Almost as soon as Pluto's moon Charon came into view, we had a question: What's that big red splotch on top of it? Now, we finally have an answer. Charon's red splotch (Image: NASA/Johns Hopkins University Applied Physics Laboratory/Southwest Research Institute)
A new paper out in Nature looks at data from NASA's New Horizons mission to Pluto to come up with a solution to the mystery. It turns out that, although the colour is on Charon, it's really methane from Pluto that's turning Charon red. When methane escapes from Pluto, some of that gas gets caught in the atmosphere of its near moon, Charon. Because of Charon's long orbit, its poles alternate between century-long periods of nonstop sun and nonstop dark.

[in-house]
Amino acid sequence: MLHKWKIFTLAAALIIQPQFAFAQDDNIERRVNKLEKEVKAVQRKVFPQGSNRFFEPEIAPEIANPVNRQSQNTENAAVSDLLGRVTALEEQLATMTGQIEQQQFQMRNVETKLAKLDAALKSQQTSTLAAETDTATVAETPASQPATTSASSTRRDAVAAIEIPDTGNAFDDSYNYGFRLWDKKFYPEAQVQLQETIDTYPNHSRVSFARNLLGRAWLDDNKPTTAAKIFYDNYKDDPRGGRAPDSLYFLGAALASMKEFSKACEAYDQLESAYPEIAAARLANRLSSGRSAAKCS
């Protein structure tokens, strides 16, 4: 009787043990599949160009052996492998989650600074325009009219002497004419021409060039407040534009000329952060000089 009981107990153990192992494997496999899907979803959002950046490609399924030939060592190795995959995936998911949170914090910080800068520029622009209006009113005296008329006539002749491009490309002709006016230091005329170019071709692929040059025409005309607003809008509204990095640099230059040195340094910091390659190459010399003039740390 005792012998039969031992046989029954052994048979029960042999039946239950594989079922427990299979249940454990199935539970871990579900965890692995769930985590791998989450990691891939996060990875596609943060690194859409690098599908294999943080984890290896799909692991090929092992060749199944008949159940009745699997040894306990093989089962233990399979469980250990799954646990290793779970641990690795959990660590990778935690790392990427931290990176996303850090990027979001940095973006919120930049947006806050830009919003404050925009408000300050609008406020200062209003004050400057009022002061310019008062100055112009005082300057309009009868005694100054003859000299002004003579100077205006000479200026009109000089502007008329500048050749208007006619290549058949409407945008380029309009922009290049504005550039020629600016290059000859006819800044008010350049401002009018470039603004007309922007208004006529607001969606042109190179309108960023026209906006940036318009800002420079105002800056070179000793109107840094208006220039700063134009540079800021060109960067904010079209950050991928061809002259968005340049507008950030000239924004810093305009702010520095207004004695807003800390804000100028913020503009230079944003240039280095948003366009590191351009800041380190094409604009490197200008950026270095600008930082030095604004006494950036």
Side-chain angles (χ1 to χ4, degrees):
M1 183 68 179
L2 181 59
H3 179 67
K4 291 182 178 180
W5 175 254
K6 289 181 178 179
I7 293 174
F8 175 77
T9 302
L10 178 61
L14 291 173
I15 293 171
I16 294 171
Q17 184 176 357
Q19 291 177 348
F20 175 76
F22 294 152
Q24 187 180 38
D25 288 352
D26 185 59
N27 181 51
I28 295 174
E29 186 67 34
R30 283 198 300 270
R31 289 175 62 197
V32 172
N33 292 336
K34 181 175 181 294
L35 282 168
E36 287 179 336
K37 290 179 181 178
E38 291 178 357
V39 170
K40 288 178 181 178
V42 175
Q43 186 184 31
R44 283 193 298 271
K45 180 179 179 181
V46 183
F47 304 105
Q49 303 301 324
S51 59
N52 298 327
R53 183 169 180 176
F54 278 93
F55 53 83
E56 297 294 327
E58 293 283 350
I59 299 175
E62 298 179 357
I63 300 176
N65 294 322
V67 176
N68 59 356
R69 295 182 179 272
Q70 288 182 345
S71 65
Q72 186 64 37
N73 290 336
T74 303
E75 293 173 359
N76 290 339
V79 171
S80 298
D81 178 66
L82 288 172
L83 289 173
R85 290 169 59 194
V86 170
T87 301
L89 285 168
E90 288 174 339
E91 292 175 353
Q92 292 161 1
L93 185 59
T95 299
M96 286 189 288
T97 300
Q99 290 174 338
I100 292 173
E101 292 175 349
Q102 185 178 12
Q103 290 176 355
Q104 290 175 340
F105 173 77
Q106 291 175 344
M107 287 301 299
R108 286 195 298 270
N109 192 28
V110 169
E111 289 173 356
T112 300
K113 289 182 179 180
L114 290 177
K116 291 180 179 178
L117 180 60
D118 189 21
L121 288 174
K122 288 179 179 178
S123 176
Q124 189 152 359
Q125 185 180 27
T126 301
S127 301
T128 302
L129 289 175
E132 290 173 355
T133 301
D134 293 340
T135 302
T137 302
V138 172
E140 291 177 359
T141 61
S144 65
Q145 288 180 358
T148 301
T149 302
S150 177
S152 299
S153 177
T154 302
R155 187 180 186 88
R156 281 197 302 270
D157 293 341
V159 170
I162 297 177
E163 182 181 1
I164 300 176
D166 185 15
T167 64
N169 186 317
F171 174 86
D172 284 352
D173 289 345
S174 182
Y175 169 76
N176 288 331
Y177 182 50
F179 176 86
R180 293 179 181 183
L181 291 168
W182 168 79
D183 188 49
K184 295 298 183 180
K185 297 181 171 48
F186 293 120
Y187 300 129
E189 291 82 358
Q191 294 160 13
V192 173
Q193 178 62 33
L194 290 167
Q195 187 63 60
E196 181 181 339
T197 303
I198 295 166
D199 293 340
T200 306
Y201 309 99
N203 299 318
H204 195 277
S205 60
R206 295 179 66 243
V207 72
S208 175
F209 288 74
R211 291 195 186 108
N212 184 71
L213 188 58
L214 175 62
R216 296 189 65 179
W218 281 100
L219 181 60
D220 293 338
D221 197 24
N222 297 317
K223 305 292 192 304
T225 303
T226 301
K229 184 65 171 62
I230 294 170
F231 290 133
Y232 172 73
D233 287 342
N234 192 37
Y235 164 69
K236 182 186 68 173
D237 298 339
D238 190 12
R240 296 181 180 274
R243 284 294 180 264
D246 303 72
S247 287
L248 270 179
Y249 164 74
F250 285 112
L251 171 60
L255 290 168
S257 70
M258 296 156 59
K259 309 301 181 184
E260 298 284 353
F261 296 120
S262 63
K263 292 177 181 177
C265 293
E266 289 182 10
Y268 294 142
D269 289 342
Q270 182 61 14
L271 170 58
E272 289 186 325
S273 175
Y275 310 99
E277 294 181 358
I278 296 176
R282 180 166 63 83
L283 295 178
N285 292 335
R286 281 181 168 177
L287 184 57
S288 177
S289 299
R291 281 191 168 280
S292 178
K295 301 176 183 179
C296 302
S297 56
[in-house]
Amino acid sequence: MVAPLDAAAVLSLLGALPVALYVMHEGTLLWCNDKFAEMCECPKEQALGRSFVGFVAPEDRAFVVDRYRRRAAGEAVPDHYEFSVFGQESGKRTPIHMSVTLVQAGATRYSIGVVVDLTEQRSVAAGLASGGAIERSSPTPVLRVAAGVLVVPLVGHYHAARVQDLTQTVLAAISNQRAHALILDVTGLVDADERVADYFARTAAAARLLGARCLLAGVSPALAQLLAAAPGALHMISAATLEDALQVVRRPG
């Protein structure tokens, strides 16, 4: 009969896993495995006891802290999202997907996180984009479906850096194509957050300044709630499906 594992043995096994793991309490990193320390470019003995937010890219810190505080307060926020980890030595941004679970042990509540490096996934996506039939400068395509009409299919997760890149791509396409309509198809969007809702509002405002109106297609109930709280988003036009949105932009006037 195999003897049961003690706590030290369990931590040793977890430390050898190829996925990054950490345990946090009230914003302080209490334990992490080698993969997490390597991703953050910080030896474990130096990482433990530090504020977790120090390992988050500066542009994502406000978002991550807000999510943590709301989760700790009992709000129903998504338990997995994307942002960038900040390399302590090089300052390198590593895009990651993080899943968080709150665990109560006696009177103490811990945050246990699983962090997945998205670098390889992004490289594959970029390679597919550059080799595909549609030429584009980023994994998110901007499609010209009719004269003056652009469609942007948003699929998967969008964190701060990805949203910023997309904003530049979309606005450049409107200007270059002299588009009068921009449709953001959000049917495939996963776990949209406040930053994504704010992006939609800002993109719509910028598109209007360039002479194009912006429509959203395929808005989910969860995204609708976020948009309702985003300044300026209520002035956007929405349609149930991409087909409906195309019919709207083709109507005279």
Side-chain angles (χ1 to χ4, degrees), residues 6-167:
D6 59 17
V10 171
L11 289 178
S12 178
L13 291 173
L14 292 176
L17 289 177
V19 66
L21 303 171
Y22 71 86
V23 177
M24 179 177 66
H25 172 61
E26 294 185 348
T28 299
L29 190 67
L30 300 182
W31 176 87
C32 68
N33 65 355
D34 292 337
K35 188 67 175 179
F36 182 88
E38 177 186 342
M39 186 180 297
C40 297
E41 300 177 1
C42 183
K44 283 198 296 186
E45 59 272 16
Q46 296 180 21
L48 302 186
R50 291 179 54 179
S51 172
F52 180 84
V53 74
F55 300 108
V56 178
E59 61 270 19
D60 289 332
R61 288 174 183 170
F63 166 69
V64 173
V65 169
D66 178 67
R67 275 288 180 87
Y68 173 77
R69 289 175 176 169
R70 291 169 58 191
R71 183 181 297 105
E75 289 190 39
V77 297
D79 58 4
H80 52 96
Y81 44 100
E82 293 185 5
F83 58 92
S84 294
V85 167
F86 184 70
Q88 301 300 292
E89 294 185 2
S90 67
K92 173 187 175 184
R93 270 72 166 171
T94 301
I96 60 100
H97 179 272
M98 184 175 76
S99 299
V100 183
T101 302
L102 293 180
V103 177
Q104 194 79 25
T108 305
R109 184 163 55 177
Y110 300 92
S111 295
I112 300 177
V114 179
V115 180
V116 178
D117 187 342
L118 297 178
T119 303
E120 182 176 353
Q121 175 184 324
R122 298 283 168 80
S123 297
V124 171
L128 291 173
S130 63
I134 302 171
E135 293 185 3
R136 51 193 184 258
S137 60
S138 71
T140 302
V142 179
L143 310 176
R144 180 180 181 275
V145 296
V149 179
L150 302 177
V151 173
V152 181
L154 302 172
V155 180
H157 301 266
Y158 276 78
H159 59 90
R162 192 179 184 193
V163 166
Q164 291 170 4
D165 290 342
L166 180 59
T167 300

"It gets cold on earth here on Earth when it's dark for 10 hours. There, it stays dark for a century at a time," Will Grundy, a co-investigator for NASA's Horizons mission who works out of Lowell Observatory in Arizona noted to Gizmodo.
This extreme cold freezes the methane gas until the sunny season arrives again. When things begin to thaw, the byproducts of the methane gas leave behind a reddish residue, which slowly accumulates into the rusty patch we see now.
The finding does more than just explain a strange patch of colour, though. It also shows that Pluto and its moon Charon have an usually close relationship — one that could change how we think of lunar behaviour.
"We're not really used to planets doing things to their moons beyond pulling on them. This is two worlds that are sharing an atmosphere is a way, which is a sort of alien setting," said Grundy. The next step is to look for more systems like this, to figure out just how unusual Pluto and Charon really are.